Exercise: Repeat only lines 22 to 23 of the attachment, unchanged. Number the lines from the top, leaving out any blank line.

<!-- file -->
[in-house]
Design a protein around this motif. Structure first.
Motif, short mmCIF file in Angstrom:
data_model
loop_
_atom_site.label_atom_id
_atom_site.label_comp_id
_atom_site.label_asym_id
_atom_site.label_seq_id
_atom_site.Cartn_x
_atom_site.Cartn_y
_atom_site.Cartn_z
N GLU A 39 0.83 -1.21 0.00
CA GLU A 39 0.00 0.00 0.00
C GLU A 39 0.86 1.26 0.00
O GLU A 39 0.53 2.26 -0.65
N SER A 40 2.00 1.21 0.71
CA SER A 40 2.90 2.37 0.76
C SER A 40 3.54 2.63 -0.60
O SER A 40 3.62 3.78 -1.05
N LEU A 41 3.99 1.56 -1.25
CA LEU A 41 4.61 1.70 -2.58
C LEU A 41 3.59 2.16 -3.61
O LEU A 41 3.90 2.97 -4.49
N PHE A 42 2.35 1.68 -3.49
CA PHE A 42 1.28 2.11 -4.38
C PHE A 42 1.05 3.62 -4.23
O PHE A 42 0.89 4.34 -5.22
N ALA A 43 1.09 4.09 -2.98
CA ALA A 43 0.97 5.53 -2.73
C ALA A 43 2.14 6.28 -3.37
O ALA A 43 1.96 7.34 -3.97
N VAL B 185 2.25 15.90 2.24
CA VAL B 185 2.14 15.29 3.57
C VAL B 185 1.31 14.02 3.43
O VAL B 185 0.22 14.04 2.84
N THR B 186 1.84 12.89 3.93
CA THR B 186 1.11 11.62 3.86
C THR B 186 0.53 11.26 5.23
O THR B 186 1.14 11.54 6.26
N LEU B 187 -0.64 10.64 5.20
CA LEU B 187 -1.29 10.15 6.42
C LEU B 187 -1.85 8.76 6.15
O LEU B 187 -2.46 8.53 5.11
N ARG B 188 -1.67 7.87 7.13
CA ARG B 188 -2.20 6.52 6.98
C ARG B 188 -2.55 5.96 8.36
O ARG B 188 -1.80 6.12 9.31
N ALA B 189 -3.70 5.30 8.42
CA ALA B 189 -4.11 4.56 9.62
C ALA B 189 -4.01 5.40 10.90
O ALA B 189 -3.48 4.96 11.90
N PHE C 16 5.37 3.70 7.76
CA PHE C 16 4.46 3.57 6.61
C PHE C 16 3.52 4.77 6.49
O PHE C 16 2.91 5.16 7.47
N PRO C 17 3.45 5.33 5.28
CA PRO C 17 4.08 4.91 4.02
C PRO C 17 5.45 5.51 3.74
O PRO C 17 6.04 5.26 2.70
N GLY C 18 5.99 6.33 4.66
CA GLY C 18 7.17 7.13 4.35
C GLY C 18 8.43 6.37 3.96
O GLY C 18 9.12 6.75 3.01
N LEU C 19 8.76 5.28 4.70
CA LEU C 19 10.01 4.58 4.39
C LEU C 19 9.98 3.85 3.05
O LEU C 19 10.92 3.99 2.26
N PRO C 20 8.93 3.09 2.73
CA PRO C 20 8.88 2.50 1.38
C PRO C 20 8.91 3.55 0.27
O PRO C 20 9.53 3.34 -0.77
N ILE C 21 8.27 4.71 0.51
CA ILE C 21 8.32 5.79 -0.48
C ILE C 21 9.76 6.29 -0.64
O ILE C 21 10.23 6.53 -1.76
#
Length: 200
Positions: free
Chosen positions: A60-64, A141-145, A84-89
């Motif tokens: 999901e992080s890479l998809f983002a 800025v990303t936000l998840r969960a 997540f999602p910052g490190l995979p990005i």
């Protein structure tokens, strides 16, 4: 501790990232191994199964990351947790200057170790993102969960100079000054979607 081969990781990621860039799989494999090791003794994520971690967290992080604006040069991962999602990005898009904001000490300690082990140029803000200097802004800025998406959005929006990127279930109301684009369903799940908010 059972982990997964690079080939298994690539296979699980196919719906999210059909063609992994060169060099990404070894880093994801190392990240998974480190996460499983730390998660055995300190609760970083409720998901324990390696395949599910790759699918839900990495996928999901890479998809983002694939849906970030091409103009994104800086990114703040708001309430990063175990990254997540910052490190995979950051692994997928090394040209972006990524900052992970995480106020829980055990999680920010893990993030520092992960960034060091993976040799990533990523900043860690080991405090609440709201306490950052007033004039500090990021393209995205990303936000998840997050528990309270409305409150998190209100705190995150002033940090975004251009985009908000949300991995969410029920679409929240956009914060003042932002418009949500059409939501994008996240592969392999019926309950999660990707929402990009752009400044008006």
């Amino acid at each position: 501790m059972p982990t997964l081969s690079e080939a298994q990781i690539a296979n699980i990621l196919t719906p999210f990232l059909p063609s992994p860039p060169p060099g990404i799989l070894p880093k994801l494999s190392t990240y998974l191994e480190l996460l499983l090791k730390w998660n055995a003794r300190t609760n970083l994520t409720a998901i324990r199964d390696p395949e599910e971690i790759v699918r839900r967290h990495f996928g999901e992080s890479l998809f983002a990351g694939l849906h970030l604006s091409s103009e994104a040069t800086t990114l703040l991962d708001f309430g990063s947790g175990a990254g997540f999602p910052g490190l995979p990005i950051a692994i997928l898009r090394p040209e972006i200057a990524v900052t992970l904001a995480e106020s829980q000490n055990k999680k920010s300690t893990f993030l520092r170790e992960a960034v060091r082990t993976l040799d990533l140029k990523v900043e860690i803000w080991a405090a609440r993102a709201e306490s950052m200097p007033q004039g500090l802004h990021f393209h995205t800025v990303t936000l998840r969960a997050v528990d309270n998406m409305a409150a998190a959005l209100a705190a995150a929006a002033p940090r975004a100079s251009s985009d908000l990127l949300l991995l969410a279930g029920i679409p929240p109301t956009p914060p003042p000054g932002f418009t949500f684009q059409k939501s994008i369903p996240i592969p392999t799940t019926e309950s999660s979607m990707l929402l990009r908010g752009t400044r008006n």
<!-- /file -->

CA LEU A 41 4.61 1.70 -2.58
C LEU A 41 3.59 2.16 -3.61